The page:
We shall overcome the trap of violence
As clouds of war hover in the skies of Lahore, I am missing Delhi and lamenting the relatively difficult venture to visit the city The December of . 2008 was a month of promise. I was meant to visit the Jawaharlal Nehru University, read a paper, participate in a conference and enjoy the environs of the campus that would have glowed in December sunshine. Not to forget that I was meant to pick up two books on Gulzar, the great modern poet and lyricist of India whose links with Urdu and Pakistan’s Punjab are as intractable as the nine centuries of our South Asian past. How keen I was to walk around the bookstores of Delhi and try out the unfrequented eateries hidden behind the mayhem of the urban life. Above all, I wanted to finish the book that I have been writing on Delhi. For that I have to do a little more exploring of its myriad moods. Alas! Certain things are not meant to be. My trip was scheduled right after the tragic Mum bai events which were equally mourned in Pakistan. But that terrorist event has now become a bone of contention, almost a drumbeat for war, between India and my country .
The escalation of hostilities has been so rapid in the last few weeks that I could not manage a visit. Too much panic and fear has now surrounded us.
We, the ordinary citizens whose existence is a mere footnote in Indo-Pak history, are always let down by the state and the non-state actors, by jingoisms and calls for revenge for national prides. But I am an optimist— we shall overcome the trap of violence, one day perhaps.
I am hopeful that 2009 will be a year when the current impasse will be resolved and Delhi and Islamabad will sit together to prepare a joint strategy to counter the monster of terrorism. Maybe I am dreaming but then what would life be without dream — a Delhi without the Lodhi Garden?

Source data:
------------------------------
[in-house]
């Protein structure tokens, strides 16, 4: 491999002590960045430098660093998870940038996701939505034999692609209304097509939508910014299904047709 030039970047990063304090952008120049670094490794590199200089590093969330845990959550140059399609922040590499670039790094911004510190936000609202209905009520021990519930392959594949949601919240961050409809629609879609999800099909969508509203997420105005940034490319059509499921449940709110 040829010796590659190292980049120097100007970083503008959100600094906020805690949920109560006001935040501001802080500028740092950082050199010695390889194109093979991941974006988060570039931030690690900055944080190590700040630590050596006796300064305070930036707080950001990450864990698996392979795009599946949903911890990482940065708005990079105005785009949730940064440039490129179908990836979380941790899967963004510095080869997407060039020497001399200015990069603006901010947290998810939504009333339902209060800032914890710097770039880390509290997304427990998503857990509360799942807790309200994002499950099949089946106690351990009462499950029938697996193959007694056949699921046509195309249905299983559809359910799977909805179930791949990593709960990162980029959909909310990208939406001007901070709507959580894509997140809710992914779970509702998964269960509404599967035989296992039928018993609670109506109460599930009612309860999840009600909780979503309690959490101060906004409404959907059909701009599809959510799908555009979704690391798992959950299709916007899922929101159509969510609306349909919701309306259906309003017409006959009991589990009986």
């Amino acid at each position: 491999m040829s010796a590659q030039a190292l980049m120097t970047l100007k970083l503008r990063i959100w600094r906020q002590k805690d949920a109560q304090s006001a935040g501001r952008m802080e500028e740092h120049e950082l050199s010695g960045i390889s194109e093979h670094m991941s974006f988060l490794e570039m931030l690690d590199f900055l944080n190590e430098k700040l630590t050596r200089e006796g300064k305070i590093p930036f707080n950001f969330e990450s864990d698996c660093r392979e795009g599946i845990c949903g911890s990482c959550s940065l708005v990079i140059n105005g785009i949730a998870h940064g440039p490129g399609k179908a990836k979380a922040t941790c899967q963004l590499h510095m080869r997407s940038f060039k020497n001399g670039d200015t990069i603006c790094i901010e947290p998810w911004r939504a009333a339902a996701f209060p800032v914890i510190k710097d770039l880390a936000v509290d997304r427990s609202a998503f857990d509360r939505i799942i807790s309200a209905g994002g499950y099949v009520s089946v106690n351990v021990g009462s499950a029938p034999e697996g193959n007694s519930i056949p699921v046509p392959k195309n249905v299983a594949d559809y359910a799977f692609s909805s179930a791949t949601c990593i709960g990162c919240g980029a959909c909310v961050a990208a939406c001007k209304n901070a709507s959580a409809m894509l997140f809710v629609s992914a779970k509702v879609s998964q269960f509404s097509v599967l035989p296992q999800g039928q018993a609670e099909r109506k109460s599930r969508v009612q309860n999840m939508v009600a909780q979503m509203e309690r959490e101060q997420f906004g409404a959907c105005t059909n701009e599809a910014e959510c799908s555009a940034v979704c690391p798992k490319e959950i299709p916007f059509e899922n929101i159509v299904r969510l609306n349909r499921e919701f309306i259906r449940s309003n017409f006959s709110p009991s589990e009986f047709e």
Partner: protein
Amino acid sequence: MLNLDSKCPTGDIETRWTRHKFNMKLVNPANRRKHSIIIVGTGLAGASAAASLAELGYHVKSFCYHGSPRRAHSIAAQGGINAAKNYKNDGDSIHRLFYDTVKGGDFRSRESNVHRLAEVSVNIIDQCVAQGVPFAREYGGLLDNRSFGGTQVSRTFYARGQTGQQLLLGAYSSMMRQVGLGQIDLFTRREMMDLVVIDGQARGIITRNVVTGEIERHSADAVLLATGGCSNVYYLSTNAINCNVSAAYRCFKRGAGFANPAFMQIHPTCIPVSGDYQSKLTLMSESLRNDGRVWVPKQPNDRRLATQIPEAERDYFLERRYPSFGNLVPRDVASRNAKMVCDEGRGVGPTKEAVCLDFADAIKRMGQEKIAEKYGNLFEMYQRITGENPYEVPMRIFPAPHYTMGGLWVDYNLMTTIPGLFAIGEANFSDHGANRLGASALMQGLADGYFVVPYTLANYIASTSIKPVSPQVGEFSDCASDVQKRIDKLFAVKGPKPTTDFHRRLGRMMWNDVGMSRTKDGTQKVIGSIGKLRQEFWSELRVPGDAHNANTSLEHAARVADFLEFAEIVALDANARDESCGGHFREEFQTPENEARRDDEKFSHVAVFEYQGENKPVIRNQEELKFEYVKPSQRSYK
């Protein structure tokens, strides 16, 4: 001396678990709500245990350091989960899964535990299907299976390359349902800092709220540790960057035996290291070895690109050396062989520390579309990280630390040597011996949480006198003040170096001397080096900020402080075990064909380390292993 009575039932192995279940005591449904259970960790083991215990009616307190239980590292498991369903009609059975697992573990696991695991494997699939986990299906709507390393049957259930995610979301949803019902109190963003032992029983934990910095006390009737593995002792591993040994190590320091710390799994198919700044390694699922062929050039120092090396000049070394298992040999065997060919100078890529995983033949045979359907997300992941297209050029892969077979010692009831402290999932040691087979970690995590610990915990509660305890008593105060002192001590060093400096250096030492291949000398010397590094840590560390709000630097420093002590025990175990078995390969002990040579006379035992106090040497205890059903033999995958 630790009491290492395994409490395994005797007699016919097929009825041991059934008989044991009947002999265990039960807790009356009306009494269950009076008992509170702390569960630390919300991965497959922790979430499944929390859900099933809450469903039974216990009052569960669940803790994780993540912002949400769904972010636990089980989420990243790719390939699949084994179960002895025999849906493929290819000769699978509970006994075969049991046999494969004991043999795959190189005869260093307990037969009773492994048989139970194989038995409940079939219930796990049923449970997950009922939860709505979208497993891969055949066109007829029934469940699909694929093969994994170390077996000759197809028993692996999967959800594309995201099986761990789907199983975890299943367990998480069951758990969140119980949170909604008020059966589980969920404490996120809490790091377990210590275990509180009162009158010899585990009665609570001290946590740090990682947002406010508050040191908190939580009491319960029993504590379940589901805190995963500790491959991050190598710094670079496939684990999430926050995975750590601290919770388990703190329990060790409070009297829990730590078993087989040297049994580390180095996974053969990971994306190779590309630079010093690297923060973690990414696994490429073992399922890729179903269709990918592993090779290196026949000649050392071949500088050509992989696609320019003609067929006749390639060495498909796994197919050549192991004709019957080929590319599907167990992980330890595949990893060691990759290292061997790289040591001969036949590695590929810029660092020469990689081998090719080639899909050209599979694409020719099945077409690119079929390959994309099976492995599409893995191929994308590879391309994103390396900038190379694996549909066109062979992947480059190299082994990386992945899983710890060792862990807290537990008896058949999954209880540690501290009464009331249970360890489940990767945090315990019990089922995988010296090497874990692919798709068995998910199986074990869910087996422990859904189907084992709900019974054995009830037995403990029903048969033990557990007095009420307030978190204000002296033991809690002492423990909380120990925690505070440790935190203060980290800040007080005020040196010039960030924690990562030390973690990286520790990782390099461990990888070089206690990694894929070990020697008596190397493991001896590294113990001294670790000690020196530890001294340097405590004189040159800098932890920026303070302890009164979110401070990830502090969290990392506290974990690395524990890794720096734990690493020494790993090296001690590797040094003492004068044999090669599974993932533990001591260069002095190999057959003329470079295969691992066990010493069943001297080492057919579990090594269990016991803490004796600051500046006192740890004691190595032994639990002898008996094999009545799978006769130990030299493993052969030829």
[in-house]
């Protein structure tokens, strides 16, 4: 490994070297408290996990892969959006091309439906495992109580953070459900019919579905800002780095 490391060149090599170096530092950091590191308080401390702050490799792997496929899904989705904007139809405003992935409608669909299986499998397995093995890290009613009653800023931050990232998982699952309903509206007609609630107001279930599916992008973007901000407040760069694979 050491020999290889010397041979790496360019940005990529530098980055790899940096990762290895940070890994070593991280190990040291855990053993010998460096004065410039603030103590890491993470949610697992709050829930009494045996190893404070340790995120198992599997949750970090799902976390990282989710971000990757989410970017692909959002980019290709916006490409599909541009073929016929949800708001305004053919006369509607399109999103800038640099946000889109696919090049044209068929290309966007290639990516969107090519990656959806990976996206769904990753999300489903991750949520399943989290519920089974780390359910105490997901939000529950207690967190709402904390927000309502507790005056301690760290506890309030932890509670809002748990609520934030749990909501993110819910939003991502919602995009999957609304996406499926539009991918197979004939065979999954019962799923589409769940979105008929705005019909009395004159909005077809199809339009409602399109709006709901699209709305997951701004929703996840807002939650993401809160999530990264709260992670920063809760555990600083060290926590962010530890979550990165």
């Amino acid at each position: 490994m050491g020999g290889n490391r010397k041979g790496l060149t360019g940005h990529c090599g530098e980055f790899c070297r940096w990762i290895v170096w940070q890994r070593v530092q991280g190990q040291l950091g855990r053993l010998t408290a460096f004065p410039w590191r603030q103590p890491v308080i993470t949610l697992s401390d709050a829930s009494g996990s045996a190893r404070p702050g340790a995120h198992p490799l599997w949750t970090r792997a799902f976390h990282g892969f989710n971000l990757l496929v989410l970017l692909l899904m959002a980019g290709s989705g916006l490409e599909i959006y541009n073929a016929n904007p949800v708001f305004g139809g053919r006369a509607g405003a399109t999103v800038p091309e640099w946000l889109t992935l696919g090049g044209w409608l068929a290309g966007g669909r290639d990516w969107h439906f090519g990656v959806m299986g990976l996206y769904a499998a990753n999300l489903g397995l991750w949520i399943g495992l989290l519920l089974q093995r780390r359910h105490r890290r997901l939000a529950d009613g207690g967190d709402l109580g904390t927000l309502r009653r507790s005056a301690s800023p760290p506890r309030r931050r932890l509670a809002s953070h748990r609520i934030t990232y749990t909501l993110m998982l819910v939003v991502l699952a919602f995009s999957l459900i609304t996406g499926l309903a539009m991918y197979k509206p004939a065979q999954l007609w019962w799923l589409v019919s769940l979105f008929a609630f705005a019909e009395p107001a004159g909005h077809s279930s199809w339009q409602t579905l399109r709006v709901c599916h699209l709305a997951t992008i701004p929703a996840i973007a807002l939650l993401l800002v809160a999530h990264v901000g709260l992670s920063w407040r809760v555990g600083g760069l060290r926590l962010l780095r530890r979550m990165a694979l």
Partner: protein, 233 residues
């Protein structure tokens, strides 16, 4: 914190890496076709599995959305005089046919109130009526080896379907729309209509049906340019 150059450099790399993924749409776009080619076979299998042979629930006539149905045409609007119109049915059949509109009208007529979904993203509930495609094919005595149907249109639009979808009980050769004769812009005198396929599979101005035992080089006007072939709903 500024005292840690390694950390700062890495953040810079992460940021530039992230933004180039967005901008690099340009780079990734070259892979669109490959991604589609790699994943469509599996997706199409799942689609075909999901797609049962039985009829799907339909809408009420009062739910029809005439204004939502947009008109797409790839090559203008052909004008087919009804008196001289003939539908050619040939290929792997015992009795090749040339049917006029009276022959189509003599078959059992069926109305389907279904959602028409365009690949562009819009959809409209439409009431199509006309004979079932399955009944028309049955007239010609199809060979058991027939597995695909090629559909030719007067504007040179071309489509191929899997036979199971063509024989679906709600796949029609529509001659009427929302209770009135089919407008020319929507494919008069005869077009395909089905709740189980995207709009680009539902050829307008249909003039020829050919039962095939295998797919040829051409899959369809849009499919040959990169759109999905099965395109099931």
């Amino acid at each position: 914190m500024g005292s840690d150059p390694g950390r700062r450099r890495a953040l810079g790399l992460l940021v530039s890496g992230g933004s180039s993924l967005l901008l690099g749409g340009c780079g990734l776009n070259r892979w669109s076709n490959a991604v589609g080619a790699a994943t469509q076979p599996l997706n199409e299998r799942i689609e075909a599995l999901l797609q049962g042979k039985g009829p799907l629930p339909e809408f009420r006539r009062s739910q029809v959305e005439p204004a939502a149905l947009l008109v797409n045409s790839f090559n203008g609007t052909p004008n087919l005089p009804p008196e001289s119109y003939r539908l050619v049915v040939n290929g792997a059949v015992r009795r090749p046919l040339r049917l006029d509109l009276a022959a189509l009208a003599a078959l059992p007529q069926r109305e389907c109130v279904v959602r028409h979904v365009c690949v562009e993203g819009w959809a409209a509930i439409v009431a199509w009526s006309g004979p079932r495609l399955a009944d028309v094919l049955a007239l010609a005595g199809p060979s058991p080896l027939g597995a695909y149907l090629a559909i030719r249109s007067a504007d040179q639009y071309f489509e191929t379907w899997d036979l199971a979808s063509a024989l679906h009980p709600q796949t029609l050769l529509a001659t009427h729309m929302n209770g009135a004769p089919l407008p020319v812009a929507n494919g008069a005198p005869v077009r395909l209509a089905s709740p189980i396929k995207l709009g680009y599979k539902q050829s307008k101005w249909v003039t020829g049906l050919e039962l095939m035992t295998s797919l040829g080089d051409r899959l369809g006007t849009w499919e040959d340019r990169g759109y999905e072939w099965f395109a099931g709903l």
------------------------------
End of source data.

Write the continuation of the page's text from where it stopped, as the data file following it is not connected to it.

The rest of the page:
This year I also want Delhi to throng with Pakistani tourists. Delhi belongs to Indians but is also equally important to Pakistanis. As a friend recently remarked that there would be a time when it will be a visaless journey to Delhi, whatever the preachers of hate may have to say .
The year 2009 maybe a beginning — I fervently hope that. I have plans for next year. My friend wants to initiate a documentary on Gulzar. On the poet’s larger-than-life persona, immense talents and how he belongs to all of us. True, we are separate countries and I am proud of being a Pakistani but why always harp on the differences. How can we divide Ghalib and Amir Khusrau between us?
Under the clearer Delhi skies, I once again wish to visit the Dilli Haat, shop around the stalls, before landing up in the coolest of restaurants — Swagat in Defence Colony Or else catch the . new Bollywood flick at Priya. Of course, each day would commence and end at the ever-engaging Nizamuddin Dargah.
Delhi is the capital of contemporary India but it is also a city that belongs to me, in a larger, historical sense. And, I am only making sense of my complex identity here. No politics please.
The author lives in Lahore